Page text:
What is Net Working Capital Ratio?
Net Working Capital Ratio is a ratio analysis tool to measure the liquidity position of a company. This ratio shows the firm’s ability to pay off its current liabilities with current assets.
This measurement is very important to the administration, vendors, and general creditors and even investors because it shows the company’s short-term liquidity.
It shows risk apatite as well as the ability of management to use its assets efficiently.
It only is sensible the vendors and creditors would really like to visualize what quantity current assets, assets that are expected to be converted into taking advantage the present year, are available to pay money for the liabilities which will become due within the coming 12 months.
Net Working capital (NWC) is the difference between a company’s current assets and current liabilities. A positive net working capital indicates an organization has sufficient funds to fulfill its current financial obligations and invest in other activities.
That’s why Net Working Capital Ratio is an important indicator of your business’s financial health—for yourself and for lenders, investors, and other third parties, too.
As the much more working capital company has as much more readily available liquid cash for the company is in the short-term. You can pay off your business’s debts and obligations, plus have money left over to fuel growth and cover emergencies.
On the other hand, a business that’s struggling to cover expenses might not be able to survive much longer.
Advantage of Net Working Capital Ratio:
- A positive sign in net working capital tells a company can meet its present financial obligations.
- A company can invest in order to its operational needs if more than 1net working capital.
- This ratio also provides a cushion for the company when the company needs some extra more cash.
- It helps in maintaining the goodwill of the firm.
- It helps in maintaining the solvency of the firm.
- It helps the firm in getting a regular supply of raw material.
- It helps the firm in getting a regular return on investment.
- It helps the firm in getting payment.
- NWC helps a company to surpass the emergency.
- This ratio assists the firm in getting any loan easily by approaching the banks.
- It helps the firm in getting a cash discount.
Disadvantage Net Working Capital:
- When a company has high current NWC means the company’s business isn’t using its current assets for business operation efficiently.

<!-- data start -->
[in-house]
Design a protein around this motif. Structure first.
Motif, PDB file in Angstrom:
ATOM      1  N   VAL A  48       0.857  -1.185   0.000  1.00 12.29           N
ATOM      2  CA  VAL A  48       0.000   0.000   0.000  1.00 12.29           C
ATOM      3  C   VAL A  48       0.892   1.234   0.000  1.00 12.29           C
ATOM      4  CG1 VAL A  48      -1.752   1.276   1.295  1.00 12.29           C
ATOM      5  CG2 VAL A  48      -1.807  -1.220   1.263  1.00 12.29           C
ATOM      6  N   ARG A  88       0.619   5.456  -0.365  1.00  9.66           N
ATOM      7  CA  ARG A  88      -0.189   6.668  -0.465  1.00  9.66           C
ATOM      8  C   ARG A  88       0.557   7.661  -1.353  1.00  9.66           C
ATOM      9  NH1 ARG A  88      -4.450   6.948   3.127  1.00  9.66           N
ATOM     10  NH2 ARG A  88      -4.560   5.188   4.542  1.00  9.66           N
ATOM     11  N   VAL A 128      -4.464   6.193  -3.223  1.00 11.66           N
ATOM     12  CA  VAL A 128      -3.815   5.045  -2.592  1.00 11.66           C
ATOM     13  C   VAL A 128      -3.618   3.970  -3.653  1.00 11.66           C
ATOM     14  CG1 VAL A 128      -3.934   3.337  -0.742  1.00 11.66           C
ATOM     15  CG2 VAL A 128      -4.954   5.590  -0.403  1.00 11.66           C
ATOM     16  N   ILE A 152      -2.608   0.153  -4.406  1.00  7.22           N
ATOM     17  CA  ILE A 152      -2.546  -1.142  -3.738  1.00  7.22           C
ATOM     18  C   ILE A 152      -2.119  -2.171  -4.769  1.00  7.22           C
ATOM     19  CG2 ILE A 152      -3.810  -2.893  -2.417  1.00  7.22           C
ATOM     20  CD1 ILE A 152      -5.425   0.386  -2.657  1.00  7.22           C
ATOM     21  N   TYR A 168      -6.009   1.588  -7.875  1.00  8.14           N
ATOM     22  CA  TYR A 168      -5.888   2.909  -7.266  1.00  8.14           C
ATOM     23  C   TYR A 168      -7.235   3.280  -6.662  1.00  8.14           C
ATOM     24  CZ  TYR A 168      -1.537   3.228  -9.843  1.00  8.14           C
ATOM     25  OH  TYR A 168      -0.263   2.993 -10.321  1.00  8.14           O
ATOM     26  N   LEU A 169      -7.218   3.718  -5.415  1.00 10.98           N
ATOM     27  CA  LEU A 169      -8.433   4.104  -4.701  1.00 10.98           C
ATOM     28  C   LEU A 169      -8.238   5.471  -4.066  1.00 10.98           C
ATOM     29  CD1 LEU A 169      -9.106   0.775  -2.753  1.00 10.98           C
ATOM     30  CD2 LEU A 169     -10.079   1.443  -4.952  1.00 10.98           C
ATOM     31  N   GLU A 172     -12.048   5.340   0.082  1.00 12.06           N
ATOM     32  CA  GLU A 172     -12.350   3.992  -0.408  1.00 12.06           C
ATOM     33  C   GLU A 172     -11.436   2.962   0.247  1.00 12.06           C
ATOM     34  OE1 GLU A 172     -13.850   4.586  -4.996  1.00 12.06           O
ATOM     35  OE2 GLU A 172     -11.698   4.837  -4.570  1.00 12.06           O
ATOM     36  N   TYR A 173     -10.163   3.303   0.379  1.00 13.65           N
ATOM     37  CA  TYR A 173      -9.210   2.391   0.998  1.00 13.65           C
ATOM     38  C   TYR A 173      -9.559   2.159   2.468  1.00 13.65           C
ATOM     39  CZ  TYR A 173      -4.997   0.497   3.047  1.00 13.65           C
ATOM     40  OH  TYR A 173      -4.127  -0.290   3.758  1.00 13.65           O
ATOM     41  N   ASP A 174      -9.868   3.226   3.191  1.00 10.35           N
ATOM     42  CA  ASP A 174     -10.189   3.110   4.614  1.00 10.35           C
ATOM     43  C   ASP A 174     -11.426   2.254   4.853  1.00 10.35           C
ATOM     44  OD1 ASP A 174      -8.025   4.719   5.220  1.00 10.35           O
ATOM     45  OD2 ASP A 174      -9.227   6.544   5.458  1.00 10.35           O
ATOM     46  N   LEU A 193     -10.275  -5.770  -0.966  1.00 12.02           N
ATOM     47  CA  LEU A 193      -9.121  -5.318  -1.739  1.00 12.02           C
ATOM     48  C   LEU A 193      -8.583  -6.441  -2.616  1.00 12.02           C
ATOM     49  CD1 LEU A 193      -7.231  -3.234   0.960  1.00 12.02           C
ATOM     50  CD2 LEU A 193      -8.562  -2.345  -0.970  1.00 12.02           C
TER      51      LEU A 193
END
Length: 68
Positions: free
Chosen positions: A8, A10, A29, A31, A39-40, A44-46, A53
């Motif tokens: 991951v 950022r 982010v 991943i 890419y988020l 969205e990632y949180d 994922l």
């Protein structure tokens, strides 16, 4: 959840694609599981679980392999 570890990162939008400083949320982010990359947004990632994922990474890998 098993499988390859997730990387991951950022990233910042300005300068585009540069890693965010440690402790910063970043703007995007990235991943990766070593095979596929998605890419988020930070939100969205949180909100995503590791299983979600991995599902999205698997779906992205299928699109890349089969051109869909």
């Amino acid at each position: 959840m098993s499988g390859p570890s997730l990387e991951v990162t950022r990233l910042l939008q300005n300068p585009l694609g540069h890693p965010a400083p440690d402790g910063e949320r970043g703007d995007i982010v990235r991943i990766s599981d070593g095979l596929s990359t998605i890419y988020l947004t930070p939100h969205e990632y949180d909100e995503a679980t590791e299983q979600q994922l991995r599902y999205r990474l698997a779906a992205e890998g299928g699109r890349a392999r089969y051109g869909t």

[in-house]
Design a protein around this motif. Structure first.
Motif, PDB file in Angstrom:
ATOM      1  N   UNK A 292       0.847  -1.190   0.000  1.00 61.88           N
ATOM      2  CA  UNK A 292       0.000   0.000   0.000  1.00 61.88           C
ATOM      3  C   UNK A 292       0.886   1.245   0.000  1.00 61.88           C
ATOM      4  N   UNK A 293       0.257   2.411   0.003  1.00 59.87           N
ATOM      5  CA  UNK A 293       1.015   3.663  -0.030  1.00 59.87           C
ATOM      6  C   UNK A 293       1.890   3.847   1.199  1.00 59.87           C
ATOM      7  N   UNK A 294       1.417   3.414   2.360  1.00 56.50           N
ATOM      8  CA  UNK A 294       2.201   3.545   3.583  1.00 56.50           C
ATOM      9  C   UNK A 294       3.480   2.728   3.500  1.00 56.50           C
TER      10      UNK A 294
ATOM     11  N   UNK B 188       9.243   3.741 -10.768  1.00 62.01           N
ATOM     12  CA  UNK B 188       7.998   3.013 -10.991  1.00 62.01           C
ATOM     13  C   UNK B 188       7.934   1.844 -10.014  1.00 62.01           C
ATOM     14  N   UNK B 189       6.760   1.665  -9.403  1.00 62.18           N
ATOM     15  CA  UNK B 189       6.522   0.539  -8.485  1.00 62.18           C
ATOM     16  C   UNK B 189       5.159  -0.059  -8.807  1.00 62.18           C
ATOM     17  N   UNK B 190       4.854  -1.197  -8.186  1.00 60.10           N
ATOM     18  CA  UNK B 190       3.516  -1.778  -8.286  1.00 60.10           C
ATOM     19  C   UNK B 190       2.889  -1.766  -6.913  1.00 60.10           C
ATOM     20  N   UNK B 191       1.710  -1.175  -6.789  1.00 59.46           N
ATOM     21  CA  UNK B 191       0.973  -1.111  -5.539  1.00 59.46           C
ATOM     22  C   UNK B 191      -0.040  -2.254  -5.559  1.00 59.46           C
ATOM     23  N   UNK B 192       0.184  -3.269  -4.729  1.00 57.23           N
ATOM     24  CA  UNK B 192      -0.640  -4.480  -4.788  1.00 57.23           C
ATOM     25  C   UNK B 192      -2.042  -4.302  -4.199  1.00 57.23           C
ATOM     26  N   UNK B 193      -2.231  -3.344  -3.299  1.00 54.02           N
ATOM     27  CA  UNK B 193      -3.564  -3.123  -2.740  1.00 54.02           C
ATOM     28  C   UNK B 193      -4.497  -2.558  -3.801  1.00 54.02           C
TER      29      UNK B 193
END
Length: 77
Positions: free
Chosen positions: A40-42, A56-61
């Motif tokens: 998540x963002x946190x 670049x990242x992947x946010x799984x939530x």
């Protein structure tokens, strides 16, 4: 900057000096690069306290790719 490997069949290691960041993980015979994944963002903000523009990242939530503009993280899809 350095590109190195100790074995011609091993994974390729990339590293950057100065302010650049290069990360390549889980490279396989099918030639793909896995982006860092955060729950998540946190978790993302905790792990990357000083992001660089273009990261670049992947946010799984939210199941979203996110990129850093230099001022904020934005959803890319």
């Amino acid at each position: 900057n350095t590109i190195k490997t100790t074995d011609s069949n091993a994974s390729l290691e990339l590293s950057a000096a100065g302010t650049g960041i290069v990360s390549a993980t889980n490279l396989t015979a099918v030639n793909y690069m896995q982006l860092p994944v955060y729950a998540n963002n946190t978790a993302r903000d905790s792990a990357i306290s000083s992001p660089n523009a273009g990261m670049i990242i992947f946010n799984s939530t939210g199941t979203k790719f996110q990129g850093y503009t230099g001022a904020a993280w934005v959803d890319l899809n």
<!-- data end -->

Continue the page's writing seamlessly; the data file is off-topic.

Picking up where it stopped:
- Net working capital (NWC) does not always give an accurate liquidity position because some current assets can’t be easily converted to ready cash.
- It leads to excessive debtors.
- It spares funds are of no use and earn no profit.
- Sometimes fails to maintain the relationship with the banks due to no requirement of funds.
- Sometimes leads to unnecessary purchasing
Formula of Net Working Capital Ratio
There are different ways to calculate net working capital, depending upon what an analyst wants to include or exclude from the value.
Analysis and Interpretation of Net Working Capital
Working capital Ratio expressed to the decisions pertaining to working capital and short-term financing for the company.
The objective of the working capital ratio is to ensure that the company is capable to continue its operations. It has sufficient cash inflow to satisfy the short-term present debt and operating expenses of the company.
These involve overseeing the current assets and the current liabilities of the firm.
Most common policies and techniques for the management of working capital are:
- Cash management: identify the optimal balance. This provides a business to convene day to day expenses and payments but reduces cash holding costs.
- Inventory management: identify the optimal level of inventory. This provides a business continuation without uninterrupted production. It reduces the investment in raw materials, minimizes reallocation cost, and hence amplifies cash flow.
- Debtors’ management: identify the appropriate credit policy. This provides a business to use credit stipulations which will attract more customers. It extracts more impact on cash flow will be compensated by increased revenues of a company.
- Short term financing: identify the appropriate source of financing, by choosing between supplier credit (ideal for inventory financing), bank loan or factoring (accounts receivable financing), or create a mix of financing.
Net Working Capital Formula Example
Let’s an example of how to calculate net working capital, using a sample business called XYZ Corp. We begin with the company’s assets and liabilities for the coming year:
XYZ Corp Current Assets:
- Cash in the bank: $100,000
- Outstanding accounts receivables: $400,000
- Inventory: $500,000
Total current assets = $100000 + $400000 + $500000 = 10.00 Lakh i.e. $1 million
XYZ Corp Current Liabilities:
- Outstanding accounts payable: $300,000
- Short-term debt payments due this year: $30,000
- A portion of long-term debt due this year: $25,000
- Other accrued expenses for this year (e.g. rent, payroll, etc.): $400,000
Total current liabilities = $300000 + $30000 + $25000 + $400000 = $755,000
XYZ Corp’s Net Working Capital = Current Assets – Current Liabilities
$1000000 – $755,000 = $245,000
XYZ Corp has $245,000 of working capital. The company will have an estimated $245,000 leftover at year’s end after paying all of its expenses and obligations. That means XYZ is in a strong financial position for the coming year.